7 Noteworthy Films Edited with Adobe Premiere Pro


We’ve rounded up some bits of advice from some of the top filmmakers who chose to edit their films using Adobe Premiere Pro.

For many, the single greatest challenge when editing a movie is simply getting started. If you think about it for too long, the idea of editing hours of footage into a single, artistic vision can be overwhelming. There are so many hard decisions to make. And, once you start adding in some complicated editing tasks — like sound, color, and VFX — it starts to make sense that you’re looking at several months of work.

Luckily, you’re not alone. There have been countless editors who have gone before you and succeeded. So, whether it’s a feature film, a short, or even just a regular video project, here are some great examples of talented filmmakers and editors who have edited using Adobe Premiere Pro.

1. A Ghost Story

Originally an editor by trade, it should come as no surprise that filmmaker David Lowery writes, directs, and edits many of his feature films. One standout is the A24 hit A Ghost Story, which is notable for its heartfelt storytelling and sparse style. As you can see in the featurette above, Lowery talks about his Premiere Pro process — from the rough compositing stage to the final edits in After Effects. (You can read more about David Lowery’s editing and creative process here.)

2. Deadpool

Perhaps the most notable film edited using Premiere Pro is the brash superhero movie Deadpool. And because, of course, the character Deadpool would want you to know all about the editing process, the project often gets featured in Adobe’s promotions. However, the coolest thing to come out of Deadpool’s edit was when one of the editorial assistants actually made several of their Premiere Pro templates available online, which you can check out here.

3. Rock Rubber 45s

It’s important that we highlight more than just narrative features. Many documentarians have used Premiere Pro to great success. PremiumBeat actually did an interview with documentary filmmaker Bobbito Garcia and his lead editor Raafi Rivero on their film Rock Rubber 45s, concerning Garcia’s unique place in streetball and Hip Hop culture. Their project is good inspiration for anyone diving into archival footage, with great tips on how to digitize, organize, and work with tons of antiquated footage for a modern story. (Read the full interview here.)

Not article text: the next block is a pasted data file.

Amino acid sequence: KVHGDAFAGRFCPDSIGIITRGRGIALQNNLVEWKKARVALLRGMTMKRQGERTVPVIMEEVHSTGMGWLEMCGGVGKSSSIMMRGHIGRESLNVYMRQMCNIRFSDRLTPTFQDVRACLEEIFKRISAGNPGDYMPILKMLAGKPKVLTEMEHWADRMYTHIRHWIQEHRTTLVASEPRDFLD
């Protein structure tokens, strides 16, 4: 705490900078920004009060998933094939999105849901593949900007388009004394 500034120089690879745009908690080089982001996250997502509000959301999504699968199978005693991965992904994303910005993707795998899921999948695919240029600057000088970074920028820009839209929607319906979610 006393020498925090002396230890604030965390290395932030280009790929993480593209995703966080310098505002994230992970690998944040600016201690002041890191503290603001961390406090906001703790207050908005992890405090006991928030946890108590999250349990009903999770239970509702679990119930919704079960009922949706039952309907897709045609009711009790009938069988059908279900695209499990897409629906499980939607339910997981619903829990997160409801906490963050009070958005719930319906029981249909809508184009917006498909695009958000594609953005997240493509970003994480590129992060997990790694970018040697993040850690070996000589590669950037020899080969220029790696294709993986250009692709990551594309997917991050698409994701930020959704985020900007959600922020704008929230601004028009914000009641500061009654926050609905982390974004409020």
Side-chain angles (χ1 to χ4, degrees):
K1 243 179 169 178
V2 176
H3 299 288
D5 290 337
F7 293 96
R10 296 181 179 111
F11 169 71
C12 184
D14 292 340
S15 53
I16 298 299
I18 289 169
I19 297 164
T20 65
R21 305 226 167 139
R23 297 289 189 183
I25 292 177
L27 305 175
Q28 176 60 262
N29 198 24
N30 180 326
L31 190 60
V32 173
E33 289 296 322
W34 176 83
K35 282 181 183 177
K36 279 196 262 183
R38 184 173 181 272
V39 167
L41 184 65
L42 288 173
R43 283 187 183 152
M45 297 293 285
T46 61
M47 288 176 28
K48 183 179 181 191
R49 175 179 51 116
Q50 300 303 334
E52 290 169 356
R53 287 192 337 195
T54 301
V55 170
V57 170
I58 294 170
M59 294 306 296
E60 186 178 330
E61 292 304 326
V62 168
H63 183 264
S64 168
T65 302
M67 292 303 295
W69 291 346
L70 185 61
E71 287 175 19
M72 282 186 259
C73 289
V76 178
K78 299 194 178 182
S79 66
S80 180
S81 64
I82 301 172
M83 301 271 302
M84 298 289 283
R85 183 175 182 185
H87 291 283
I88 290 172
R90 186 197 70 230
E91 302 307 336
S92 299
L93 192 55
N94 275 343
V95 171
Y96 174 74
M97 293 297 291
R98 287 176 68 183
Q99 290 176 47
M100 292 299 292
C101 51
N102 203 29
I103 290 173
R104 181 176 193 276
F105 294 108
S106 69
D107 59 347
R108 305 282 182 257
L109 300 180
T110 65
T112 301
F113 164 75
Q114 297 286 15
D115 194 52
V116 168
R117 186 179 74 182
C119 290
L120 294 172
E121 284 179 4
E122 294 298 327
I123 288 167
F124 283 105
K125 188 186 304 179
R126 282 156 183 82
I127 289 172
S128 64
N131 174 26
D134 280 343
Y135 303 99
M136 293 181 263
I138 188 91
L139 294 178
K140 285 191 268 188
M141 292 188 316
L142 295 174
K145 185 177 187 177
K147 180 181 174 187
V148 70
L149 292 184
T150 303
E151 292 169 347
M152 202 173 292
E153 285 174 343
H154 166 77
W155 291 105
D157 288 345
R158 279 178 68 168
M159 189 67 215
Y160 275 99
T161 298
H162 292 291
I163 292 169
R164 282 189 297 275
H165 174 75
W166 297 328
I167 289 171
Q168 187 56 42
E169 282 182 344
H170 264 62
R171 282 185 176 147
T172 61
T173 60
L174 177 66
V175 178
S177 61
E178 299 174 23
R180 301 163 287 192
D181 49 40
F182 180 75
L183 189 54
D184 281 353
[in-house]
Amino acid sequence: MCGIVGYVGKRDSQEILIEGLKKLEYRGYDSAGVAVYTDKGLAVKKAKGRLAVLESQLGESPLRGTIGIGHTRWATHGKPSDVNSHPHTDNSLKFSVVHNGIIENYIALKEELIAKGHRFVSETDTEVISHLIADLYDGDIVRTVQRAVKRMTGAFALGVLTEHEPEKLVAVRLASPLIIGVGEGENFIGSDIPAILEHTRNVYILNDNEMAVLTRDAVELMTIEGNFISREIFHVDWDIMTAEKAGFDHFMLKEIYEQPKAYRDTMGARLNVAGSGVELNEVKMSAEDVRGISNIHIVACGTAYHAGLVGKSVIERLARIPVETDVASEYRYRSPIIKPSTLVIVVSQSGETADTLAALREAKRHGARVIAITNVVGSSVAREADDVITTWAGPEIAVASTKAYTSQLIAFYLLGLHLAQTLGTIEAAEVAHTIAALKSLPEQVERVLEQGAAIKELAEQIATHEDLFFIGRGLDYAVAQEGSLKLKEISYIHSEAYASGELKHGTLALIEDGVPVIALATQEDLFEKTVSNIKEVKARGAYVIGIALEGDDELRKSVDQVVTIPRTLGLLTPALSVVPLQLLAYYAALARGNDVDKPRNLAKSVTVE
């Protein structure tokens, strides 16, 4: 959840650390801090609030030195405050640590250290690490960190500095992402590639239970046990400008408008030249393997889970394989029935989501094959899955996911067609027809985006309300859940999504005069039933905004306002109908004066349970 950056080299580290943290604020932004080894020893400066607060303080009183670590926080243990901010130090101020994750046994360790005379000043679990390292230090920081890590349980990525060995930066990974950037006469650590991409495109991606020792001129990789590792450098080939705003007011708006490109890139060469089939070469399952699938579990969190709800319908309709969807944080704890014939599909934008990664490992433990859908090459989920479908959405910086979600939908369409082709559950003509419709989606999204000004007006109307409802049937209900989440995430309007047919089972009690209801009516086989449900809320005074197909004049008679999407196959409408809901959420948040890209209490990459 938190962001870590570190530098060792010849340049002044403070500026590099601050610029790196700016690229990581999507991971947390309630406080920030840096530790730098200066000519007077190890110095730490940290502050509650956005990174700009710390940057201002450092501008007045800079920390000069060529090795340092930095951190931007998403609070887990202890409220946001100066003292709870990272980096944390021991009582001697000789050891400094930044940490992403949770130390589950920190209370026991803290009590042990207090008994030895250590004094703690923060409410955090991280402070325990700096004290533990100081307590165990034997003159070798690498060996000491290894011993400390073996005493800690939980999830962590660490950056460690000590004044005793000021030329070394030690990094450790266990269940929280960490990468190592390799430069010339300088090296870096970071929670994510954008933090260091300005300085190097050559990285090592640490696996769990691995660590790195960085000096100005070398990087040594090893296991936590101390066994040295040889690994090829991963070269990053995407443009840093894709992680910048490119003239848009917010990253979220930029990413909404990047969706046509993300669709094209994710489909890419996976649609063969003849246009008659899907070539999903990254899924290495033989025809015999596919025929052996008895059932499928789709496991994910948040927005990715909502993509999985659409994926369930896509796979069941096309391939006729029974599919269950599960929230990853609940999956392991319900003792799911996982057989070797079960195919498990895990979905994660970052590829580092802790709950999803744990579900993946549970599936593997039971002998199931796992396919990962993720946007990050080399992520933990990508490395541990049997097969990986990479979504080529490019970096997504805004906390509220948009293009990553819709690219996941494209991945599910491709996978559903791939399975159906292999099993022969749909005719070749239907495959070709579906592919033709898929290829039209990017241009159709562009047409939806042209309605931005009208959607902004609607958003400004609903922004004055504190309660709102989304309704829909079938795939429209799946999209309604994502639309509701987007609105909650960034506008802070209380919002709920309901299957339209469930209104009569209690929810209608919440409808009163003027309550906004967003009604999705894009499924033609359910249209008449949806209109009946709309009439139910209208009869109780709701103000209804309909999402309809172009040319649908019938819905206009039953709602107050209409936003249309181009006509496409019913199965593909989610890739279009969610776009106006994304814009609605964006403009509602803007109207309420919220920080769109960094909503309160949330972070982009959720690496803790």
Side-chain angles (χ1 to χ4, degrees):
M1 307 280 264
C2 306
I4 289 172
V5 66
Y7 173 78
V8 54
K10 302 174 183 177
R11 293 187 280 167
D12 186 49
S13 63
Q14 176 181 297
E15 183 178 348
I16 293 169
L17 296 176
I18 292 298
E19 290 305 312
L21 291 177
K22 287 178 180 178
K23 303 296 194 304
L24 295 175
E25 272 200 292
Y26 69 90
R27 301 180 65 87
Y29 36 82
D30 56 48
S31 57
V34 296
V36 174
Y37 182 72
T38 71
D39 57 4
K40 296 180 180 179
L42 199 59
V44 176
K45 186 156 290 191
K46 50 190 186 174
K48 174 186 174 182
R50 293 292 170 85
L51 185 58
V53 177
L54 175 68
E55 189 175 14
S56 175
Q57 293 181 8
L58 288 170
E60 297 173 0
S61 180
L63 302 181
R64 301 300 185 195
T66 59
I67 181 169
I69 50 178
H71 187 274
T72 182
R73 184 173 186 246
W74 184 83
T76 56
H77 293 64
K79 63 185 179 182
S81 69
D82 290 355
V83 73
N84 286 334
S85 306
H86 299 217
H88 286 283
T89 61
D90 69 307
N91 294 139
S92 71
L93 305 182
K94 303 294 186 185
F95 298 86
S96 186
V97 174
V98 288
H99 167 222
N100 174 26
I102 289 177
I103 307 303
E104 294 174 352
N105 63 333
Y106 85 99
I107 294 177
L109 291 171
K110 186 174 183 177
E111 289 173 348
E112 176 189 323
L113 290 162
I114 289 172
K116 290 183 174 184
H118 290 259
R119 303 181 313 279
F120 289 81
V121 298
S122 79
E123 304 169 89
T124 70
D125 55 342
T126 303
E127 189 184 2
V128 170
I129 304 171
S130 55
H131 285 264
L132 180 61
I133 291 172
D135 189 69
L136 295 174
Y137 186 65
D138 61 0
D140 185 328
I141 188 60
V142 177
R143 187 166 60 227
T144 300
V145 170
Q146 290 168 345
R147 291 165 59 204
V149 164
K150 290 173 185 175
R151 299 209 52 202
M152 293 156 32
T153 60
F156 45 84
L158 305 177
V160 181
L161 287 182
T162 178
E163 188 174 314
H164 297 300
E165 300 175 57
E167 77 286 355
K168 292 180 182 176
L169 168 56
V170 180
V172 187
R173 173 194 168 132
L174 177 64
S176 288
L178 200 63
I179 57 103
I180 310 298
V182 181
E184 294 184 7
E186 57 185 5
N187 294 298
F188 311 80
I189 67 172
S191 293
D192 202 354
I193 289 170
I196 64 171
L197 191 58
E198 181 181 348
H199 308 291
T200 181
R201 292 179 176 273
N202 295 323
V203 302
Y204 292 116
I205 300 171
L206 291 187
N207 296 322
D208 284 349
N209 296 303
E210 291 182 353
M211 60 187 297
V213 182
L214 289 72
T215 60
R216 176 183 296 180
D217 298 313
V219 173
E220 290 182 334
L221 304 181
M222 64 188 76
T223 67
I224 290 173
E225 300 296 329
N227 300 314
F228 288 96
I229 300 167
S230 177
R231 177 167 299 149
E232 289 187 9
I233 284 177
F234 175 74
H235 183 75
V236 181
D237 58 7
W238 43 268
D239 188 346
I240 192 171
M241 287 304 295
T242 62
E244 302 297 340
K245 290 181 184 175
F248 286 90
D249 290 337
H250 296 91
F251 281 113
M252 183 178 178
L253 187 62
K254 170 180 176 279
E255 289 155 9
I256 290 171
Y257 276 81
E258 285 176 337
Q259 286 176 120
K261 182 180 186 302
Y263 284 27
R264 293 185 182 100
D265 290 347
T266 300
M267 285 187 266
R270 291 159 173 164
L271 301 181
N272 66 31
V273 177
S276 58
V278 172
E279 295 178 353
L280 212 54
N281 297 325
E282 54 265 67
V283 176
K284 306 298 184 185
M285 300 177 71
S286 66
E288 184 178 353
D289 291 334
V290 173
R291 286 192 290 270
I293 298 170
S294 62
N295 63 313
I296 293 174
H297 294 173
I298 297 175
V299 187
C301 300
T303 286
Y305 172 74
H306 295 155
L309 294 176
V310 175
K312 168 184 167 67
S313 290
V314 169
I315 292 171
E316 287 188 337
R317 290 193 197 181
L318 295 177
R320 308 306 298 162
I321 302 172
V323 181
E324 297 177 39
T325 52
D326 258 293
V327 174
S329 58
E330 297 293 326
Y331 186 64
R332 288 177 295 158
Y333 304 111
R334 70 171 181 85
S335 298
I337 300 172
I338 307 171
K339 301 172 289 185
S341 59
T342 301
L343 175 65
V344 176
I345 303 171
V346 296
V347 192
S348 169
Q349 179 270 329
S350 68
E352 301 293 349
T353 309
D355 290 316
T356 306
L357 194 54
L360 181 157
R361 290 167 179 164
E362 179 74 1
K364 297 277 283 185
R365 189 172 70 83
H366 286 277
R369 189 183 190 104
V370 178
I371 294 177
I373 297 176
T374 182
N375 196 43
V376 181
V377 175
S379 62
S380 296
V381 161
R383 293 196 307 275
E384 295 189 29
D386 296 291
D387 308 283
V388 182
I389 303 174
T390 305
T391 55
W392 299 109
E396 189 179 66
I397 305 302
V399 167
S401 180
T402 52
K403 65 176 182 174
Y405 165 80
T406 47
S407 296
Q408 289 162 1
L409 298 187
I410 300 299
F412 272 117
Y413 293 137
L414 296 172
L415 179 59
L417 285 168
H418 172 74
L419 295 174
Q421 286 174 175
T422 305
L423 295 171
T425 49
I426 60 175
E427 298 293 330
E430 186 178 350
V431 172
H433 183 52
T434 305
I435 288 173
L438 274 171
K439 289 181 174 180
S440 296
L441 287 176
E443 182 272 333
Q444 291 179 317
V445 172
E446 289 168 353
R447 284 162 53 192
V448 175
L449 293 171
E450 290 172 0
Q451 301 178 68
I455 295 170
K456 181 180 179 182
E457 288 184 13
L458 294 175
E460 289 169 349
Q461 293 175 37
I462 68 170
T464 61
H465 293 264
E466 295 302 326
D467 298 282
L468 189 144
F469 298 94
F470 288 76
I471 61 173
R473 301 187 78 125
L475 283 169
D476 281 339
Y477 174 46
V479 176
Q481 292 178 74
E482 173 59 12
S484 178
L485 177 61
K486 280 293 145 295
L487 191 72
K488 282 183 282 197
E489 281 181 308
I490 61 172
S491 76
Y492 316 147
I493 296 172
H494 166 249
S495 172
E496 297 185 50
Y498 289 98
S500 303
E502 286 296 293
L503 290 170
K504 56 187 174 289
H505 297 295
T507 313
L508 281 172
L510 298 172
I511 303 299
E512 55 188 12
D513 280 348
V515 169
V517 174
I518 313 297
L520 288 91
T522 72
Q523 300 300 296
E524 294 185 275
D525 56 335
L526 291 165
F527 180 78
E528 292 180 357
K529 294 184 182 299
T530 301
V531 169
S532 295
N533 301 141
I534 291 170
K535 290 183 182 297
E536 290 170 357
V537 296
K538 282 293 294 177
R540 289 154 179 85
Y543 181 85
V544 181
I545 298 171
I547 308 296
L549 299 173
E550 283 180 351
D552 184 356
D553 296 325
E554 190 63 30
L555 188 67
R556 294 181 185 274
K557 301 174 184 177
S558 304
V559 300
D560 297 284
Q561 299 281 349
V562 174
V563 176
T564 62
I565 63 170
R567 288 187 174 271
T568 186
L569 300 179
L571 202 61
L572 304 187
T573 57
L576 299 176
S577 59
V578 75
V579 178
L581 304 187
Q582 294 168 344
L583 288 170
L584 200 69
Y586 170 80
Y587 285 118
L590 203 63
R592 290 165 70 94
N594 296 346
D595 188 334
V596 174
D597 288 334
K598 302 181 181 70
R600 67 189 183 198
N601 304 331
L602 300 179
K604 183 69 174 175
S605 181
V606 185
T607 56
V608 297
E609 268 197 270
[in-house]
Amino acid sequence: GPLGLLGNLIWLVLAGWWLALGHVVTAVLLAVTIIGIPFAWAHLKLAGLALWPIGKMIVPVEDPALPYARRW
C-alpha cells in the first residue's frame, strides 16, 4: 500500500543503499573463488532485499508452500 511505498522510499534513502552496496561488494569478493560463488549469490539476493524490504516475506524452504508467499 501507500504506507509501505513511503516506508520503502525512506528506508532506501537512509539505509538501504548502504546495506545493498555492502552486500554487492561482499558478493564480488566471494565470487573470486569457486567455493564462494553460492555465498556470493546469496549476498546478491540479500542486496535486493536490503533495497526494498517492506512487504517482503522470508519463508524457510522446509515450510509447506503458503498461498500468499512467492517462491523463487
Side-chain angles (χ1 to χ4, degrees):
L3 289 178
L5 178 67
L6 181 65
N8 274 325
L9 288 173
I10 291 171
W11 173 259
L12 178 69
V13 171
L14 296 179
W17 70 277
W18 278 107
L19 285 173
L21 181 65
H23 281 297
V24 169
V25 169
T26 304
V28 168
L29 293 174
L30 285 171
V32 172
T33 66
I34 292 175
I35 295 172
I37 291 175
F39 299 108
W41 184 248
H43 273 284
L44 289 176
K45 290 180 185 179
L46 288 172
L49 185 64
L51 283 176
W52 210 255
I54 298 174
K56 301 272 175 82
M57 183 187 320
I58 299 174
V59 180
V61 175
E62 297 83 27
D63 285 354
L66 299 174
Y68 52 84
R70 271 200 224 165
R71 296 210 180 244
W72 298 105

4. The Florida Project

One of the unique benefits of working with an NLE like Premiere Pro — rather than a more sophisticated system like Avid — is that you can edit in a rush. This is exactly the case outlined by The Florida Project’s editor Mike Hugo in this interview with Variety. Hugo details how he edited the fast, loosely shot project on a laptop, in an odd sort of exchanging workflow between himself and Director Sean Baker.

5. Gone Girl

Perhaps one of the best filmmakers of our modern time, David Fincher has a notorious reputation for adding a great deal of compositional elements to his films in post production. From creating new backgrounds to even adding things like cars and furniture, Fincher embraced Premiere Pro for his films — like Gone Girl (which you can read more about here) — as well as his more recent Netflix series Mindhunter (which you can read about here).

6. Hail, Caesar!

Acclaimed filmmakers Joel Coen and Ethan Coen made their own switch to Premiere Pro two years before their hit Hail, Caesar! came out in 2016. Additional Editor Katharine McQuerrey and Post-Production Supervisor Catherine Farrell, in an interview on Adobe’s blog, talked about the collaborative workflow they established with the Coen Brothers using the Media Browser and Dynamic Link.

7. Terminator: Dark Fate

The latest installment of one of the biggest action franchises of all time, Terminator: Dark Fate saw a very open editing process. From a round table discussion at Adobe Max, Director Tim Miller, Editor Julian Clarke, ACE Associate Editor Matt Carson, and Visual Effects Editor Jon Carr all opened up about their post-production process and their unique VFX-heavy workload. You can read more about the entire process here.

Cover image via Adobe.

For more Premiere Pro tips, tricks, and inspiration, check these out.


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